Amid Record Year for VC, Results Underscore Resilience of Venture Industry and Opportunities for 2022
LISBON, Portugal, Nov. 2, 2021 — PitchBook, the premier data provider for the private and public equity markets, today released findings from a new survey conducted in partnership with Web Summit, the world’s largest technology conference which takes place November 2-4, 2021 at Altice Arena in Lisbon, Portugal. The survey was administered and completed by 100 venture capital (VC) investors attending the conference. This is the fourth survey PitchBook and Web Summit have collaborated on and offers a glimpse at how investment activity has fared compared to 2020, investor sentiment towards technology and focus areas for impact. PitchBook is sponsoring the Investor Lounge at Web Summit, where investors in attendance can work, take meetings and network.
Global VC dealmaking has been unrelenting in 2021, with notable activity in the U.S. and Europe. Capital investment in the U.S. shattered the prior annual record with $238.7 billion as of Q3 2021 and deal value in Europe achieved €73.7 billion during the same timeframe. As of September 30, 2021, Web Summit attendees accounted for 25.1% of U.S. deal value this year, 40.1% of European deal value and 24.3% of global deal value. Investors managing funds less than $250 million comprised 83% of survey respondents while 17% reported managing funds larger than $250 million.
“At the start of the year, given the uncertainty stemming from the pandemic, few foresaw the vast capital flows into global VC that already shattered annual records with two months of the year to go,” said Nalin Patel, Senior EMEA Private Capital analyst at PitchBook. “It has been really encouraging to see the resilience of the venture industry continue in 2021. Traditional VC funds along with nontraditional investors are eager to deploy the record dry powder into both existing portfolio companies and the healthy pipeline of new startups emerging.”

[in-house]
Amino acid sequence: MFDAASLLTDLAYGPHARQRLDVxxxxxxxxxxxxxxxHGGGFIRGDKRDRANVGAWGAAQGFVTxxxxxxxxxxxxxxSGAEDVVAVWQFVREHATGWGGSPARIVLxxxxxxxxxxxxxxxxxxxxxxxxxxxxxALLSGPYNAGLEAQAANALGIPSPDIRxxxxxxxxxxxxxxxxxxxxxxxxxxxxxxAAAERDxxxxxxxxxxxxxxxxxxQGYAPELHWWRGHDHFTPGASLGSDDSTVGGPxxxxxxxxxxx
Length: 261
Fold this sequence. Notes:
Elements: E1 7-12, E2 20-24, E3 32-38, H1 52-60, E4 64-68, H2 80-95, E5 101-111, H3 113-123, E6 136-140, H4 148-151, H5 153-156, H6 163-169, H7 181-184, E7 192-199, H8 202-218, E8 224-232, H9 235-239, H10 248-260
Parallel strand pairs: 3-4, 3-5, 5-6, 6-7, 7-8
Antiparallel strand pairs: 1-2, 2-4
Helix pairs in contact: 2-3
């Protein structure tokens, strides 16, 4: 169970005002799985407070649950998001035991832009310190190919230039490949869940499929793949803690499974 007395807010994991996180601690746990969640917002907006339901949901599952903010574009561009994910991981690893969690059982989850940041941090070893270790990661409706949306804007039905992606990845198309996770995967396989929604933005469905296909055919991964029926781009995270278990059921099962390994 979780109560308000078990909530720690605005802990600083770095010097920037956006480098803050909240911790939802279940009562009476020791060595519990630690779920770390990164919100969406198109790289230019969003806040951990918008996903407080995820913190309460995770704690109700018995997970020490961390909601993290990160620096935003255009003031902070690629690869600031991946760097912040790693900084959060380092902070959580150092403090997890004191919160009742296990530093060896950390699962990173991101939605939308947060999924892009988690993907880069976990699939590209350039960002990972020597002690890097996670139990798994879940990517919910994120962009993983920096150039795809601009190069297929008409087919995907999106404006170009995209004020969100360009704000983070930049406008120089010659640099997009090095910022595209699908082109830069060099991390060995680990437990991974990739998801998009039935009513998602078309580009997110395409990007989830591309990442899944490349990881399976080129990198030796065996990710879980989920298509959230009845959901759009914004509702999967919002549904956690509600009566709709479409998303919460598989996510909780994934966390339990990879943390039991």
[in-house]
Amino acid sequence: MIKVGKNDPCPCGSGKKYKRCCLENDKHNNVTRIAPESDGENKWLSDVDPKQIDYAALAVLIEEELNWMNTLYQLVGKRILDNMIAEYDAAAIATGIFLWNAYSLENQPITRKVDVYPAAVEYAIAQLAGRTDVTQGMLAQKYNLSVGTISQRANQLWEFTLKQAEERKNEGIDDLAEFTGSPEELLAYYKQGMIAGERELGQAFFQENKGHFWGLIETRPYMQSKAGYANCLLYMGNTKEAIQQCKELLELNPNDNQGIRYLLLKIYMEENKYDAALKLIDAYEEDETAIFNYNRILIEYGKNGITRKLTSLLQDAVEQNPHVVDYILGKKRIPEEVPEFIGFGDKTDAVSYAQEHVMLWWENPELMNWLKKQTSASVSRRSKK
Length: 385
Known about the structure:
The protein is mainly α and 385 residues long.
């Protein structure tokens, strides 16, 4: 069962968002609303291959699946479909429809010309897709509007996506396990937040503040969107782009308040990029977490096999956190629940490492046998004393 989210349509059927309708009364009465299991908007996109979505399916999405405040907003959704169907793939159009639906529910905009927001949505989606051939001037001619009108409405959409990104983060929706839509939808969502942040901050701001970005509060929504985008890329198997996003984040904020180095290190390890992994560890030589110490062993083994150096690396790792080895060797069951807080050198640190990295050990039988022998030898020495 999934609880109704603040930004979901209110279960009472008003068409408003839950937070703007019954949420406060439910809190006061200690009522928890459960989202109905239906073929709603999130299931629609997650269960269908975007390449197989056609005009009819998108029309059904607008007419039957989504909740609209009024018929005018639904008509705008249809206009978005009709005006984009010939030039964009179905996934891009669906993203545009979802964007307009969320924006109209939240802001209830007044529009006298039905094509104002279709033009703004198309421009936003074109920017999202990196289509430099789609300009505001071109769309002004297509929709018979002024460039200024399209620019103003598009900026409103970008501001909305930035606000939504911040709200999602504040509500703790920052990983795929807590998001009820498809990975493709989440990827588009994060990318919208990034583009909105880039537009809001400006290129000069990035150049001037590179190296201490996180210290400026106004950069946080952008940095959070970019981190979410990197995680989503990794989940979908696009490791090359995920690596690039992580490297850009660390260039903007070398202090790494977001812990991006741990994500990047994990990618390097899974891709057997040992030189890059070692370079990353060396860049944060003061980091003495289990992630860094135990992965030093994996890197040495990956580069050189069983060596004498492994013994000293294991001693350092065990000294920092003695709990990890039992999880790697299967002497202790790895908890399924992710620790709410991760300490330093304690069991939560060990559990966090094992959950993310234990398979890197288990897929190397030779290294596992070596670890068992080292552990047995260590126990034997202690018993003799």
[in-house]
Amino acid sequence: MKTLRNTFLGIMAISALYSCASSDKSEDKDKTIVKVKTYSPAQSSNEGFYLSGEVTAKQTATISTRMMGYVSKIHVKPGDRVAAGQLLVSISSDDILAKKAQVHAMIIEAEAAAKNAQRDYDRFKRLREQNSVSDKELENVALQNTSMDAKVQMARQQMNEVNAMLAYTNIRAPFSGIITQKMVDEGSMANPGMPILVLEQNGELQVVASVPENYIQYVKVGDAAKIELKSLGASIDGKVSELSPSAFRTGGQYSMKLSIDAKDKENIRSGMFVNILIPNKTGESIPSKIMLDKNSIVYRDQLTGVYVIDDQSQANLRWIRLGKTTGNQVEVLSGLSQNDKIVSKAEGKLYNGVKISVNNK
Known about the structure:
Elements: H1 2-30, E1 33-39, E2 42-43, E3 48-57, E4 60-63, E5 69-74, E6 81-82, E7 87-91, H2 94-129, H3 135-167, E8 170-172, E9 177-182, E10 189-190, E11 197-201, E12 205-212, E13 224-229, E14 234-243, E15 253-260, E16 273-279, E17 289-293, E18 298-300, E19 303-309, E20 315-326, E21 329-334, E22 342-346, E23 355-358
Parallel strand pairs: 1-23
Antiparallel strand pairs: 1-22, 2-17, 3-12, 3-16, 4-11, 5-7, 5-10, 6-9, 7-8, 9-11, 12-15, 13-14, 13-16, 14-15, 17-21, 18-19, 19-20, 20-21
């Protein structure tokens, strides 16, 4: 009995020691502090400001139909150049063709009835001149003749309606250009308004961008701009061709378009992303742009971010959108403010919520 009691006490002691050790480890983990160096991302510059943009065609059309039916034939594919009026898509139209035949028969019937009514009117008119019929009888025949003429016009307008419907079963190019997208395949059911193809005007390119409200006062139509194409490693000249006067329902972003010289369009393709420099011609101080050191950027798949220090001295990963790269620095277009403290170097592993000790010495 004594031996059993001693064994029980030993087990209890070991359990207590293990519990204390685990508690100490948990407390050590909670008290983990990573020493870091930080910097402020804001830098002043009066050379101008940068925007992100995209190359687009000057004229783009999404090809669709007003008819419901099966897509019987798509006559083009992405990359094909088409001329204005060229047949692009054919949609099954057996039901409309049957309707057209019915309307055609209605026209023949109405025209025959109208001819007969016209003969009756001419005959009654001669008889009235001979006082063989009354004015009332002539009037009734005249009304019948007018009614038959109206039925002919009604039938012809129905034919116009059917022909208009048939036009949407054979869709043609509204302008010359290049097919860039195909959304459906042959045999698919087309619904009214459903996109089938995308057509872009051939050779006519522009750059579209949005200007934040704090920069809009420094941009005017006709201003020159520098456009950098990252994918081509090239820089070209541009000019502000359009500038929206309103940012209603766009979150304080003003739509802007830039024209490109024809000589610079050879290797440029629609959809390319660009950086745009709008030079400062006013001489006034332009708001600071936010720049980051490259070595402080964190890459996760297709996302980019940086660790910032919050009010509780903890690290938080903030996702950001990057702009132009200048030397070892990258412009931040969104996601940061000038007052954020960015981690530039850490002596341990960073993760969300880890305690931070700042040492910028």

“We’re delighted to collaborate with PitchBook again and deliver a unique insight into the current state of the VC world,” said Chris Murphy, Advisor at Web Summit and Angel Investor. “There’s never been a better time to invest, and while the U.S. remains strong, the growth we’ve seen locally shows how much value there is in Europe.”
Key findings and comparisons with 2020’s survey include:
- 90% of respondents said they are making more investments now than before the coronavirus pandemic or haven’t changed their investment strategies. When asked this question in 2020, 51% said they were making investments at the same rate as before the pandemic, and only 3.9% claim to have significantly pulled back on investing.
- Two thirds of investors reported making at least six or more investments in the last twelve months, up from just over half of respondents (52%) in 2020.
- Nearly half of investors (45%) said at least 75% of their investments in the last twelve months were first financings, which is an indicator of new companies entering the VC lifecycle. PitchBook data has shown an uptick in first-time financings in the U.S., with Q3 2021 deal counts expected to reach 3,500 after lagged data collection, which has only been achieved in a handful of quarters since 2006.